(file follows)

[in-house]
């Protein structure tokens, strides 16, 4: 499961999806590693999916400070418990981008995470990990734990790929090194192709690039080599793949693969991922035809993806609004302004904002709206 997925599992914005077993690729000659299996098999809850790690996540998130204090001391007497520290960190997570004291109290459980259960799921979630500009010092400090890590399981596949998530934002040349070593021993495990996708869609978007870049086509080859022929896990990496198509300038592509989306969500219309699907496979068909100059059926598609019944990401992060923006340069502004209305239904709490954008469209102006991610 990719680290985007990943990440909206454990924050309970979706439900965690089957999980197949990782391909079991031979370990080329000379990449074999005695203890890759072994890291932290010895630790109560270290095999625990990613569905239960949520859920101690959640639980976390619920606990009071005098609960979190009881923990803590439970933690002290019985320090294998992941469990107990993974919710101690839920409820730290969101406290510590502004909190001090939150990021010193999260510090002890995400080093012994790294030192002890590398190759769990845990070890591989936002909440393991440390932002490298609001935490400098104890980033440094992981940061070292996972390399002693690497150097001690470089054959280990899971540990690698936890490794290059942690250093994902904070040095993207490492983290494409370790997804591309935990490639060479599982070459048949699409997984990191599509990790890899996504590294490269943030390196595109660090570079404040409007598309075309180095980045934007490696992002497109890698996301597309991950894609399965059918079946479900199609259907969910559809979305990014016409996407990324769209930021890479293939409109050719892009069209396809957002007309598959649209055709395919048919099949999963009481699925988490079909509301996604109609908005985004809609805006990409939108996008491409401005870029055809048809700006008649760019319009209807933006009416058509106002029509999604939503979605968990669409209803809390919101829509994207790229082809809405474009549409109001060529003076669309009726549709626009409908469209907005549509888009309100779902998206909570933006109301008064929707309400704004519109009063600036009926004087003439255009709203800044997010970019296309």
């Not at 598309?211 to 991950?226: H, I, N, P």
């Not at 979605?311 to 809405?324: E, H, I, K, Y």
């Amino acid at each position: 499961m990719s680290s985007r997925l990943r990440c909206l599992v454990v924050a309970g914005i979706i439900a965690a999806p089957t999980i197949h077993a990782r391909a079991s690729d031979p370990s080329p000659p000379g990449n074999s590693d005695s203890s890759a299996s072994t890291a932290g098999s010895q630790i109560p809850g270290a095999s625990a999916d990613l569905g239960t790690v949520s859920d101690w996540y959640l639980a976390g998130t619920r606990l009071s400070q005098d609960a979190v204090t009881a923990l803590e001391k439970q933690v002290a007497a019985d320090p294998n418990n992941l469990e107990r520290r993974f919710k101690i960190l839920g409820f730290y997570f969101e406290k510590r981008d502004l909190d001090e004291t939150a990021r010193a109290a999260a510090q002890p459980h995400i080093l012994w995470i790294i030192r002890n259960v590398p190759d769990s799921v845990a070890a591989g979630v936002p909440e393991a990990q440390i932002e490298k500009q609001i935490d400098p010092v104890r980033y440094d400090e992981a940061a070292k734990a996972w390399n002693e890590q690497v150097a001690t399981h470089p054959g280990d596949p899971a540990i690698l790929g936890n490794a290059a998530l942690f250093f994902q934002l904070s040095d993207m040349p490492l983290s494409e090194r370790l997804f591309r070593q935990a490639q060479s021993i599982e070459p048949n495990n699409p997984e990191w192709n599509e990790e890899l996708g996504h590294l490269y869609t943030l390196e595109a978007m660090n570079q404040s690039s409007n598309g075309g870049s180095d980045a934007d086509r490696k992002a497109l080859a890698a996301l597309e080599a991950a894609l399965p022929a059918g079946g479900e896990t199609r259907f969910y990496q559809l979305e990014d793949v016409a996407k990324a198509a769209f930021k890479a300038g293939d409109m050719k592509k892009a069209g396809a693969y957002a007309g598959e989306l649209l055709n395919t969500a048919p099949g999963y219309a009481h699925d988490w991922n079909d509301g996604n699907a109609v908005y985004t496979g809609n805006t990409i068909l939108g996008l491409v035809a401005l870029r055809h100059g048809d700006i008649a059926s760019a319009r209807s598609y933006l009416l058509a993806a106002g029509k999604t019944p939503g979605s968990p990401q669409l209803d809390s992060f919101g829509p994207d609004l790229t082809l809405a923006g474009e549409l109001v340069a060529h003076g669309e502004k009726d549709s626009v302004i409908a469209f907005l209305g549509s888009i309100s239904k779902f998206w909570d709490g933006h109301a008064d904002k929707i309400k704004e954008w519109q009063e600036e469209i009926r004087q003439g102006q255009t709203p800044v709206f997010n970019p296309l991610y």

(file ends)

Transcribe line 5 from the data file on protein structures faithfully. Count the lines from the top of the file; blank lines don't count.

């Amino acid at each position: 499961m990719s680290s985007r997925l990943r990440c909206l599992v454990v924050a309970g914005i979706i439900a965690a999806p089957t999980i197949h077993a990782r391909a079991s690729d031979p370990s080329p000659p000379g990449n074999s590693d005695s203890s890759a299996s072994t890291a932290g098999s010895q630790i109560p809850g270290a095999s625990a999916d990613l569905g239960t790690v949520s859920d101690w996540y959640l639980a976390g998130t619920r606990l009071s400070q005098d609960a979190v204090t009881a923990l803590e001391k439970q933690v002290a007497a019985d320090p294998n418990n992941l469990e107990r520290r993974f919710k101690i960190l839920g409820f730290y997570f969101e406290k510590r981008d502004l909190d001090e004291t939150a990021r010193a109290a999260a510090q002890p459980h995400i080093l012994w995470i790294i030192r002890n259960v590398p190759d769990s799921v845990a070890a591989g979630v936002p909440e393991a990990q440390i932002e490298k500009q609001i935490d400098p010092v104890r980033y440094d400090e992981a940061a070292k734990a996972w390399n002693e890590q690497v150097a001690t399981h470089p054959g280990d596949p899971a540990i690698l790929g936890n490794a290059a998530l942690f250093f994902q934002l904070s040095d993207m040349p490492l983290s494409e090194r370790l997804f591309r070593q935990a490639q060479s021993i599982e070459p048949n495990n699409p997984e990191w192709n599509e990790e890899l996708g996504h590294l490269y869609t943030l390196e595109a978007m660090n570079q404040s690039s409007n598309g075309g870049s180095d980045a934007d086509r490696k992002a497109l080859a890698a996301l597309e080599a991950a894609l399965p022929a059918g079946g479900e896990t199609r259907f969910y990496q559809l979305e990014d793949v016409a996407k990324a198509a769209f930021k890479a300038g293939d409109m050719k592509k892009a069209g396809a693969y957002a007309g598959e989306l649209l055709n395919t969500a048919p099949g999963y219309a009481h699925d988490w991922n079909d509301g996604n699907a109609v908005y985004t496979g809609n805006t990409i068909l939108g996008l491409v035809a401005l870029r055809h100059g048809d700006i008649a059926s760019a319009r209807s598609y933006l009416l058509a993806a106002g029509k999604t019944p939503g979605s968990p990401q669409l209803d809390s992060f919101g829509p994207d609004l790229t082809l809405a923006g474009e549409l109001v340069a060529h003076g669309e502004k009726d549709s626009v302004i409908a469209f907005l209305g549509s888009i309100s239904k779902f998206w909570d709490g933006h109301a008064d904002k929707i309400k704004e954008w519109q009063e600036e469209i009926r004087q003439g102006q255009t709203p800044v709206f997010n970019p296309l991610y």